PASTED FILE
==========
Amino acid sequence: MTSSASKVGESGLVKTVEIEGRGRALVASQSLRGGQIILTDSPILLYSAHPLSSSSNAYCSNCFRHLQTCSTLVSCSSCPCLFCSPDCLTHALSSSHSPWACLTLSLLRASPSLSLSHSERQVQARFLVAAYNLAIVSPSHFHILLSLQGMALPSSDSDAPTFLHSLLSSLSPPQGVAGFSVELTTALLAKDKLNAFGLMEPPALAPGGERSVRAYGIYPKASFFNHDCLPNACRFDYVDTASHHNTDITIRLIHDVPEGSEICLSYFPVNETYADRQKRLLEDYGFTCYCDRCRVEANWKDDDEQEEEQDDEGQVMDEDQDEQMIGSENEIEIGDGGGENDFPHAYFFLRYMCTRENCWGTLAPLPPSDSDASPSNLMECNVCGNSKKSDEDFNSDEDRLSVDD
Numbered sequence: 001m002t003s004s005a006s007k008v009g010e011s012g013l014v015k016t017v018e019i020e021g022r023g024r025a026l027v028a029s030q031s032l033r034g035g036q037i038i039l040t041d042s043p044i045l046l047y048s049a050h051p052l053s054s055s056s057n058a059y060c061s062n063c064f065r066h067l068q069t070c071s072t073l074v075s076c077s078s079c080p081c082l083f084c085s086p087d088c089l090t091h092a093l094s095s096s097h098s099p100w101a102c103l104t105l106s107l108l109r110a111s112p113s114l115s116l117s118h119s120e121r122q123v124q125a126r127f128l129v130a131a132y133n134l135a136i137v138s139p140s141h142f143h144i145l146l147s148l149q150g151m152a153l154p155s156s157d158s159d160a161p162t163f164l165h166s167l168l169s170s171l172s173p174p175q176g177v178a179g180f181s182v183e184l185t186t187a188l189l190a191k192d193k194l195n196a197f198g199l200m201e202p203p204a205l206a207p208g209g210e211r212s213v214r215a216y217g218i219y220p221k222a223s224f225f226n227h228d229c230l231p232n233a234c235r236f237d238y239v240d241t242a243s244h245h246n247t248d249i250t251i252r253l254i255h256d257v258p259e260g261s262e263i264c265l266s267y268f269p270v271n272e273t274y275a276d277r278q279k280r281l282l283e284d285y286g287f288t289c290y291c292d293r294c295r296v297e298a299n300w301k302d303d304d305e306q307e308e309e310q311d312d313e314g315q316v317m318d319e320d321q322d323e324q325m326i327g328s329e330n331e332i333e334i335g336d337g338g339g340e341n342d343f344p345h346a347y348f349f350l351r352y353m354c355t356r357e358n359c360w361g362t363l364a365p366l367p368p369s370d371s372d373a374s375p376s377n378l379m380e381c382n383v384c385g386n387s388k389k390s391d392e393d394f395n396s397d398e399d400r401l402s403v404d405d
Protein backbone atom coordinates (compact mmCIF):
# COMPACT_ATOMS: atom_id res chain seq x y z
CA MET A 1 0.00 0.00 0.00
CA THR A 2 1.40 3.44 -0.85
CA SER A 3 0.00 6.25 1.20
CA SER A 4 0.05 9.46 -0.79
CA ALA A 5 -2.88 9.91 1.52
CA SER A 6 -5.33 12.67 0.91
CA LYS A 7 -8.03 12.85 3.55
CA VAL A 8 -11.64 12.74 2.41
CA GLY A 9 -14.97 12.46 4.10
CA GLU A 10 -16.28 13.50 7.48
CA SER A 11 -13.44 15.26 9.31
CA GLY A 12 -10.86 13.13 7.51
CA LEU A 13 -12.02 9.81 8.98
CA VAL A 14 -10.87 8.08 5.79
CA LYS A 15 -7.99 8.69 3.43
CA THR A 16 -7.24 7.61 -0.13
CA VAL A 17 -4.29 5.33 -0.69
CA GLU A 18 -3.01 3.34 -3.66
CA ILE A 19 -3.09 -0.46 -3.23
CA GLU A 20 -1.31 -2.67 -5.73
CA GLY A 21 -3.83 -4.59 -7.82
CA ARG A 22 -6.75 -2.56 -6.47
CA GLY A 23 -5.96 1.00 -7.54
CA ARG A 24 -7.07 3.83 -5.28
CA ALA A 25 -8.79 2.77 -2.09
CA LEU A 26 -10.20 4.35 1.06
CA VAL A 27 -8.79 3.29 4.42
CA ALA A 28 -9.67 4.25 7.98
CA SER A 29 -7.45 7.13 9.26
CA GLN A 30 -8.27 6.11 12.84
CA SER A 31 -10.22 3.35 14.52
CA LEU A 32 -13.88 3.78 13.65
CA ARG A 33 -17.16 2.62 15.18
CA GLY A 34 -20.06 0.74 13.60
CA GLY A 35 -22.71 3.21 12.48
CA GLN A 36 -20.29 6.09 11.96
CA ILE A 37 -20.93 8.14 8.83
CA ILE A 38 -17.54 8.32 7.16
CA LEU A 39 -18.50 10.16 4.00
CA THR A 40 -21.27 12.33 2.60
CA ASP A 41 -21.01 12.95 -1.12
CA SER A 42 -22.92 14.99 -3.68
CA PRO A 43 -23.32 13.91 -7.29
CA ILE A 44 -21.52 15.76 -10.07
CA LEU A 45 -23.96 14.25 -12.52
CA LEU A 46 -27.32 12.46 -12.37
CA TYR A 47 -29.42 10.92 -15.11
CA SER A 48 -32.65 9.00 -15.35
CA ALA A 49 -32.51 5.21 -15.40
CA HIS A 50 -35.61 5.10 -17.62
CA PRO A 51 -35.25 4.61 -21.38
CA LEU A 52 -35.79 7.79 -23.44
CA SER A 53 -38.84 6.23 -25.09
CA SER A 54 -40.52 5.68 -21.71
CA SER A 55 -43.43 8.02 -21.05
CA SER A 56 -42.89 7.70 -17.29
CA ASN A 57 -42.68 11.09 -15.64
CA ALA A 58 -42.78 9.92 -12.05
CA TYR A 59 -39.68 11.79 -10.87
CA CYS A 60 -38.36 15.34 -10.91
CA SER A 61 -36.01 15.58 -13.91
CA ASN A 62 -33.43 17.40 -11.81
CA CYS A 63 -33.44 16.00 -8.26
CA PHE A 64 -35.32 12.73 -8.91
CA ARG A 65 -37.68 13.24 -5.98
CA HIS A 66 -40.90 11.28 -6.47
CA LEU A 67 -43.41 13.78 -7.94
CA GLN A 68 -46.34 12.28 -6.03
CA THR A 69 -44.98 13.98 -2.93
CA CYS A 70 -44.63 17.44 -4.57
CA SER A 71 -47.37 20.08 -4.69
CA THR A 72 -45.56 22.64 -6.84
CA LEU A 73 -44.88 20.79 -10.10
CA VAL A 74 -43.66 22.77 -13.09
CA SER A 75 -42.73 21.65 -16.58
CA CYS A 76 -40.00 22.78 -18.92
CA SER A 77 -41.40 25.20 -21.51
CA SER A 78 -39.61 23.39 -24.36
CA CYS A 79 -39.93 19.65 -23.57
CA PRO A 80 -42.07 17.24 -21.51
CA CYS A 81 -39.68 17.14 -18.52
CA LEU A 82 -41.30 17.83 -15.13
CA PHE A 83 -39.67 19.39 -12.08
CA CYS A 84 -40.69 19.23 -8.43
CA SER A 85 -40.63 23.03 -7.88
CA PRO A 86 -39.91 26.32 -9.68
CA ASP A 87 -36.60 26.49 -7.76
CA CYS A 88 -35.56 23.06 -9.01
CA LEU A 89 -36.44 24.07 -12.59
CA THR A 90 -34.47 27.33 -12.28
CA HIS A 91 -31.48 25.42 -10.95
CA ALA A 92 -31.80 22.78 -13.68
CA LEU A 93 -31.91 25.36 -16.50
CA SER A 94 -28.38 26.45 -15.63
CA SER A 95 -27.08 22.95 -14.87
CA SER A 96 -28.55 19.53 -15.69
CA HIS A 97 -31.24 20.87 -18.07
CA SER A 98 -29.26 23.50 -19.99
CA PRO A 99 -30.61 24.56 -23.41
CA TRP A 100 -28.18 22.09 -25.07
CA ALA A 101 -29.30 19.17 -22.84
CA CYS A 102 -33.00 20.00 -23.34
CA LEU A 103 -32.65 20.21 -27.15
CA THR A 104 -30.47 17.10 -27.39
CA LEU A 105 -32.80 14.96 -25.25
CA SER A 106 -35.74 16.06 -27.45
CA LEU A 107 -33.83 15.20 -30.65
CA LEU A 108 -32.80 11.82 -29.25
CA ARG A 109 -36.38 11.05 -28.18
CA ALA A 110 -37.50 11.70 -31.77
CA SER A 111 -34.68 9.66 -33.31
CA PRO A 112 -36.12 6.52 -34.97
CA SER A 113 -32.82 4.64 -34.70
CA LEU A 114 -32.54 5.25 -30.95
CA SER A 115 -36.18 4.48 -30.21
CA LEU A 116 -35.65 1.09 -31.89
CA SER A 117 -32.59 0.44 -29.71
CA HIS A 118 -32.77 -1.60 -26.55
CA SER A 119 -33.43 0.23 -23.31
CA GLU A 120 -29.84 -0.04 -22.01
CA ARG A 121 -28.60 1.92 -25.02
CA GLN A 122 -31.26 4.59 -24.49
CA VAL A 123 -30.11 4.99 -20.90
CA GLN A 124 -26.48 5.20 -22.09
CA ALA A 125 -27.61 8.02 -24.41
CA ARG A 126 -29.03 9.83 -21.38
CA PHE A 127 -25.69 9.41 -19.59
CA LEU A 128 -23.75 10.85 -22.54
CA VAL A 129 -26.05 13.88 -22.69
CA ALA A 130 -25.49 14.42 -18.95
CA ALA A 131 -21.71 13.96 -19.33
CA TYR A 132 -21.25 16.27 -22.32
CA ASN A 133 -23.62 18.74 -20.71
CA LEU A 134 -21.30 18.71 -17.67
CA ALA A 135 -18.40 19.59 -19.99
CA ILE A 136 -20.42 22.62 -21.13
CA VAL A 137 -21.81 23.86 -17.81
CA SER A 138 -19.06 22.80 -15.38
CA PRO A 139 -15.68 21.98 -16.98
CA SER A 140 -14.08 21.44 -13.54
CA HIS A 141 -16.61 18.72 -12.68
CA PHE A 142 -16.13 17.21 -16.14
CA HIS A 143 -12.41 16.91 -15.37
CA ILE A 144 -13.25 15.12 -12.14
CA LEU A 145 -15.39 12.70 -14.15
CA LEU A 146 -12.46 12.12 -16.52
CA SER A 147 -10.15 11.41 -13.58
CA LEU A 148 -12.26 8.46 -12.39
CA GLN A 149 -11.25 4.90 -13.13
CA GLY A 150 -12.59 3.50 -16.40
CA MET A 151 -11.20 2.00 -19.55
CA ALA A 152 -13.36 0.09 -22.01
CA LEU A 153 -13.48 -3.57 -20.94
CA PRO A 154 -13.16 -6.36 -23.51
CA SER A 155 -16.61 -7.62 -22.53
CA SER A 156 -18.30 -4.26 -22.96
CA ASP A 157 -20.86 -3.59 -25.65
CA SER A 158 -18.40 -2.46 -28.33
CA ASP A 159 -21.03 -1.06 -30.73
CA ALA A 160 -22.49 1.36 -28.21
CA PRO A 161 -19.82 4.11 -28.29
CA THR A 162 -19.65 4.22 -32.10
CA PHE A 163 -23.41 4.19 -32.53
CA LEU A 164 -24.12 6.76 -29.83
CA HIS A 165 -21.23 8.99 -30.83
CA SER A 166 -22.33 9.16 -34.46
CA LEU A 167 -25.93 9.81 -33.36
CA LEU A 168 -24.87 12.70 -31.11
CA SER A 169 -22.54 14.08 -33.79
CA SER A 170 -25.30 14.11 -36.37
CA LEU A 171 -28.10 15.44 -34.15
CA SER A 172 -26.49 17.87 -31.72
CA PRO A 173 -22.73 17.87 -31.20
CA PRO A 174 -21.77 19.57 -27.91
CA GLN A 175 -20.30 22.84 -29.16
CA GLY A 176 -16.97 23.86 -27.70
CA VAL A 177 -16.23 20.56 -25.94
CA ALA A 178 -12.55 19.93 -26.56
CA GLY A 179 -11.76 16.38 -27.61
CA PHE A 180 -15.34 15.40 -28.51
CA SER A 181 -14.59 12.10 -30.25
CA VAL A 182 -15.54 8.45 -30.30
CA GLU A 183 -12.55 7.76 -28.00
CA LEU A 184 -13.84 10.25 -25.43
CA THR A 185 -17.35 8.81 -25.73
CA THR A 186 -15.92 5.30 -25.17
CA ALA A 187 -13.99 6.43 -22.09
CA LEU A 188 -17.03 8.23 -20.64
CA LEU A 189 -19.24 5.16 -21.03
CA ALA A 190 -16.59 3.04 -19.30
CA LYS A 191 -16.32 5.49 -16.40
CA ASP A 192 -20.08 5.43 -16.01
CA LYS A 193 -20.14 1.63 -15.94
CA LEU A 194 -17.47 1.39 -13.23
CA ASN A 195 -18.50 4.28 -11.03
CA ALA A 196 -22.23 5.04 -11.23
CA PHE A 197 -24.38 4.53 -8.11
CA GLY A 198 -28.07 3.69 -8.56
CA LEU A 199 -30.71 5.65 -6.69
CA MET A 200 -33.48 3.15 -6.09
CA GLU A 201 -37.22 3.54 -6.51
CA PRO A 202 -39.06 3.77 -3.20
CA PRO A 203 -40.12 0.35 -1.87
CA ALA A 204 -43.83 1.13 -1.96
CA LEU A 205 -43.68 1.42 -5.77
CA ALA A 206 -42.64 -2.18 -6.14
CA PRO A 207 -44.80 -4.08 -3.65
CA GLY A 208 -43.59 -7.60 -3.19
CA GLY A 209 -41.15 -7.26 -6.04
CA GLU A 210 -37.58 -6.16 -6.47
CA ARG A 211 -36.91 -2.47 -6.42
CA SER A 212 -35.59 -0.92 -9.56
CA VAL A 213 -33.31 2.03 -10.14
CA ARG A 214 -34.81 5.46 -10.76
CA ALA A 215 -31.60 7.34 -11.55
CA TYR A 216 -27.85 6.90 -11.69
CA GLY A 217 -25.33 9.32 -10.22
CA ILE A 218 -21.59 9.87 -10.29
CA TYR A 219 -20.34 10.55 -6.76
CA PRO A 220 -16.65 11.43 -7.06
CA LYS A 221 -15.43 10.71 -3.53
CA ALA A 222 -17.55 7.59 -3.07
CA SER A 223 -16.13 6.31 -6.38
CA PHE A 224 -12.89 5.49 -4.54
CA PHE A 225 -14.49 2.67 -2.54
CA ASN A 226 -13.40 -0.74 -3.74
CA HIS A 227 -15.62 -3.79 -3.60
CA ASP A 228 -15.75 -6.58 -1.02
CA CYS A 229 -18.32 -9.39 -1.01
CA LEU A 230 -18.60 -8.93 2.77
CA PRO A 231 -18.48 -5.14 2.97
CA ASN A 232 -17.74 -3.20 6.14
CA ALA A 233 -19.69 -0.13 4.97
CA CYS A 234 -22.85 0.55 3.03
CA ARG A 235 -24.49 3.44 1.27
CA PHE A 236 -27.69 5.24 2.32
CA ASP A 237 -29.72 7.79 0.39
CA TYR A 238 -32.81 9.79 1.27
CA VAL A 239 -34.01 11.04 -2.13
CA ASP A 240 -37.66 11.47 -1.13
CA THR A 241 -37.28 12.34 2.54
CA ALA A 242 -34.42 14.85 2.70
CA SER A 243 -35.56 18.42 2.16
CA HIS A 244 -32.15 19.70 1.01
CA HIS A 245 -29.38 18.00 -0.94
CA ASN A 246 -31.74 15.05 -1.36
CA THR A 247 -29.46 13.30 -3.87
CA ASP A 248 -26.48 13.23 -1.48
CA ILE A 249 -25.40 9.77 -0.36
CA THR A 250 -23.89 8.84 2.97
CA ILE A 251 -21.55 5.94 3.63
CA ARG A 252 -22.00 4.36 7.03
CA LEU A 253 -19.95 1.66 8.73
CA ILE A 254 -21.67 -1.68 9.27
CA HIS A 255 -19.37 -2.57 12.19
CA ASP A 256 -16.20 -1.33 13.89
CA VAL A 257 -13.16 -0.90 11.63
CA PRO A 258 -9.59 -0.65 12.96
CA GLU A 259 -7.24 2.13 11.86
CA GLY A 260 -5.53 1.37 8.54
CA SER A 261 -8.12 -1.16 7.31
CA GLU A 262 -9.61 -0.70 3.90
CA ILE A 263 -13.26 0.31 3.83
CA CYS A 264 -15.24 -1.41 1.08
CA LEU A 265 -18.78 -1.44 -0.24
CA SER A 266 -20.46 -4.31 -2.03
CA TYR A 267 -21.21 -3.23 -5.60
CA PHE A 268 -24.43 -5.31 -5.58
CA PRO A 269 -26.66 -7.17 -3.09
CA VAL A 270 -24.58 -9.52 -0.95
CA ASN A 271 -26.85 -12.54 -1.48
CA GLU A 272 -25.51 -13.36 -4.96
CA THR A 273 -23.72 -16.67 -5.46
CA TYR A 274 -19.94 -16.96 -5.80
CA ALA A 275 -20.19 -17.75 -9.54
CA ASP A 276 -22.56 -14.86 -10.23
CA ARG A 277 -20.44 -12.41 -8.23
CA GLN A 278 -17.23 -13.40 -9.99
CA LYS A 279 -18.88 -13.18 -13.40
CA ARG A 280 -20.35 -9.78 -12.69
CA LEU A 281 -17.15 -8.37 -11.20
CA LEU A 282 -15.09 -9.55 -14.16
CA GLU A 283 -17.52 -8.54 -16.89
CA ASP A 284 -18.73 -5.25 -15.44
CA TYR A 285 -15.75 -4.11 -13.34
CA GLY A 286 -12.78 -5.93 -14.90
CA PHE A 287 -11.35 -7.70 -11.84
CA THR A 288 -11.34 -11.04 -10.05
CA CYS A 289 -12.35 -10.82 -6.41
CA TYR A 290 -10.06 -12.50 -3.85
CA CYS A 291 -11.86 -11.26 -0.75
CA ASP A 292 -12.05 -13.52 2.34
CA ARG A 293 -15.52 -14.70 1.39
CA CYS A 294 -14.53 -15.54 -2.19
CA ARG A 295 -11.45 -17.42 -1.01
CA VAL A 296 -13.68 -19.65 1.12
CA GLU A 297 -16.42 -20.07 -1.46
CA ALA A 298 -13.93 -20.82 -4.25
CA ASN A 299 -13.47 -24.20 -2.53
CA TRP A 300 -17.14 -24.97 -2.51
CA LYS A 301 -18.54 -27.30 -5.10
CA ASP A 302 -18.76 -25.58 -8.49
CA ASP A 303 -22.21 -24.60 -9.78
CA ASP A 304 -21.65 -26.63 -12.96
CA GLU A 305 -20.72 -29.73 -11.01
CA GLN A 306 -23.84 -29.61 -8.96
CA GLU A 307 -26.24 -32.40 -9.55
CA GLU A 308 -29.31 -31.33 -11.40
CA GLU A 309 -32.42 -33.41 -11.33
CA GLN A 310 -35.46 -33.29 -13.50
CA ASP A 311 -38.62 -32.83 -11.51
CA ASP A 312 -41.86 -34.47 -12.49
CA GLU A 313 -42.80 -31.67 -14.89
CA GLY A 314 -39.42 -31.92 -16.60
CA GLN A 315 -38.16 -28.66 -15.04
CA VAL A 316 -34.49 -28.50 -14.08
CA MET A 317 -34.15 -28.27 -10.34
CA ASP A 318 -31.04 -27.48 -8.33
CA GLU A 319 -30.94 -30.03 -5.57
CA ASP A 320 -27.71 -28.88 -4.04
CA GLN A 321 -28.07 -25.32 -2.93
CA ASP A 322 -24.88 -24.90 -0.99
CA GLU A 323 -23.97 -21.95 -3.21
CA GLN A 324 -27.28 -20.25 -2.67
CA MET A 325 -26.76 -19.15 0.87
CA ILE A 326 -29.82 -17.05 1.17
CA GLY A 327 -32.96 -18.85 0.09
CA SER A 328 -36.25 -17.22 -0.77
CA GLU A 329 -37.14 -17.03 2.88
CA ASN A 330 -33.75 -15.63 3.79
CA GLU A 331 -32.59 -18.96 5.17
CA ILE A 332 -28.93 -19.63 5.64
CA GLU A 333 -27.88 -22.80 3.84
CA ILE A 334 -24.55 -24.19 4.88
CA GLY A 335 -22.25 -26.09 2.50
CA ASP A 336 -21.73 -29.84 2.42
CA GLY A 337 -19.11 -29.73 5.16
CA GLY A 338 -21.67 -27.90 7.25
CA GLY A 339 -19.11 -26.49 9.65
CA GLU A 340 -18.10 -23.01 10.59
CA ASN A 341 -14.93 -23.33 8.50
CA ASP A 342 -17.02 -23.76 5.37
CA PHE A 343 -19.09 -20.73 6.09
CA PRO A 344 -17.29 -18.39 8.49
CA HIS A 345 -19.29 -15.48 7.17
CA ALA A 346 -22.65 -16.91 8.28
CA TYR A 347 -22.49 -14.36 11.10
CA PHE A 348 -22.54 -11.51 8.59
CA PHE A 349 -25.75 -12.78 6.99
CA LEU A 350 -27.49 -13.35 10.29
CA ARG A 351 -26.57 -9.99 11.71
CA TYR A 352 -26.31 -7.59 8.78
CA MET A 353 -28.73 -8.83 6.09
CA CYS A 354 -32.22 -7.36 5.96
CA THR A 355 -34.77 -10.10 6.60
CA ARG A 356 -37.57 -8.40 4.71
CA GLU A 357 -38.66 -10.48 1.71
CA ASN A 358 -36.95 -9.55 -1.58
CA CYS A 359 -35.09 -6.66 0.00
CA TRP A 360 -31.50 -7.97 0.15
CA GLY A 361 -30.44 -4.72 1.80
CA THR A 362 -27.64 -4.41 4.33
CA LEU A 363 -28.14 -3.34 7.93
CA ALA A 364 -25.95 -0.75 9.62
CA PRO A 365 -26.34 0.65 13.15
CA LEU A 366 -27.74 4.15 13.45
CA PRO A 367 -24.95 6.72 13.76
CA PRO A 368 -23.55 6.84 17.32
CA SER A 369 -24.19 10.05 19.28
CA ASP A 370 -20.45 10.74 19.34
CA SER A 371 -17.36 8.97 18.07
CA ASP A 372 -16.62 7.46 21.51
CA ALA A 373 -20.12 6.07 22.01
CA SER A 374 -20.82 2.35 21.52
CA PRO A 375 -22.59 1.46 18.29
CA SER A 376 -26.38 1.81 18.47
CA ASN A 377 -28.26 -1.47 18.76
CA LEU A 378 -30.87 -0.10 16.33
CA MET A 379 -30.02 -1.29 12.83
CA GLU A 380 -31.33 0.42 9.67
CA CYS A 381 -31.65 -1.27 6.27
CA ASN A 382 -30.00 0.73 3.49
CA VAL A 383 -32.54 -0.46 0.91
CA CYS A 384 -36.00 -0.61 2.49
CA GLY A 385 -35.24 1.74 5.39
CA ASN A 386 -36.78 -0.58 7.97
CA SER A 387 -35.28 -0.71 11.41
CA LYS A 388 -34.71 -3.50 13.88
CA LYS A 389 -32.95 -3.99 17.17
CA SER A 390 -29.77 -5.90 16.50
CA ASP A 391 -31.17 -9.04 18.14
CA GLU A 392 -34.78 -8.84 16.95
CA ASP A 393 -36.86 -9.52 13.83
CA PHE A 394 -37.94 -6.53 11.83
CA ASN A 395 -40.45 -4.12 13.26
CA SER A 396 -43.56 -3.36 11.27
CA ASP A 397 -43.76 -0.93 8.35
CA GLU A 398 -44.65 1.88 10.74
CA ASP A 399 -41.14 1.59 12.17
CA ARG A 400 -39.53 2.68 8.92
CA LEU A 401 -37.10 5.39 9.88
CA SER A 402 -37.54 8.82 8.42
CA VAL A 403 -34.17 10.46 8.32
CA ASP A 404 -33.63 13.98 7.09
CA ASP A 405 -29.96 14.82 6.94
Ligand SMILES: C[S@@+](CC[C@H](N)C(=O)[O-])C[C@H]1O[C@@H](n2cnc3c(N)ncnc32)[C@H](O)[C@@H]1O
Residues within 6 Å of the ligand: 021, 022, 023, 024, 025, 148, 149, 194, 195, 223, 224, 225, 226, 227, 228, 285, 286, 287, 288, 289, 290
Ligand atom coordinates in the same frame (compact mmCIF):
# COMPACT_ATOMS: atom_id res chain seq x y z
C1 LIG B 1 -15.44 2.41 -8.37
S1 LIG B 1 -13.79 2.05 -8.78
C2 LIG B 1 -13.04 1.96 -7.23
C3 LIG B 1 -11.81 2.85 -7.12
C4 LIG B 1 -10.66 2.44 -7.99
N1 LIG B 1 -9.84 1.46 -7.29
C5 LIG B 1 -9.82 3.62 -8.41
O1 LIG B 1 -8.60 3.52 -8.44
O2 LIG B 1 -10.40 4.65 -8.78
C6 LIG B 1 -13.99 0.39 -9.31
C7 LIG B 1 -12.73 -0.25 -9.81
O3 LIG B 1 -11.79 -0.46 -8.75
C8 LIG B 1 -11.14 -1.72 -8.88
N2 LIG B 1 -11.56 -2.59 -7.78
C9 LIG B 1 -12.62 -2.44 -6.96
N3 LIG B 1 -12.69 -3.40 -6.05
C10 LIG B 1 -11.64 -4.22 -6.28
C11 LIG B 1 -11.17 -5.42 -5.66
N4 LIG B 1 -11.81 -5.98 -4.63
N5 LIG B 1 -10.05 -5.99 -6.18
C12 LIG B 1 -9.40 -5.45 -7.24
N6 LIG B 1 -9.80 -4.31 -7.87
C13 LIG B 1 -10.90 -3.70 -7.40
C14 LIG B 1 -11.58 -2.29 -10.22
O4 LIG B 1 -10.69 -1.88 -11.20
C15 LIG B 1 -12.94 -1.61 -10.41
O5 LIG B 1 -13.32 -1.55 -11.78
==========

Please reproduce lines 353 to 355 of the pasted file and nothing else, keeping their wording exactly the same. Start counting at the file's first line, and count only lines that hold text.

CA PHE A 349 -25.75 -12.78 6.99
CA LEU A 350 -27.49 -13.35 10.29
CA ARG A 351 -26.57 -9.99 11.71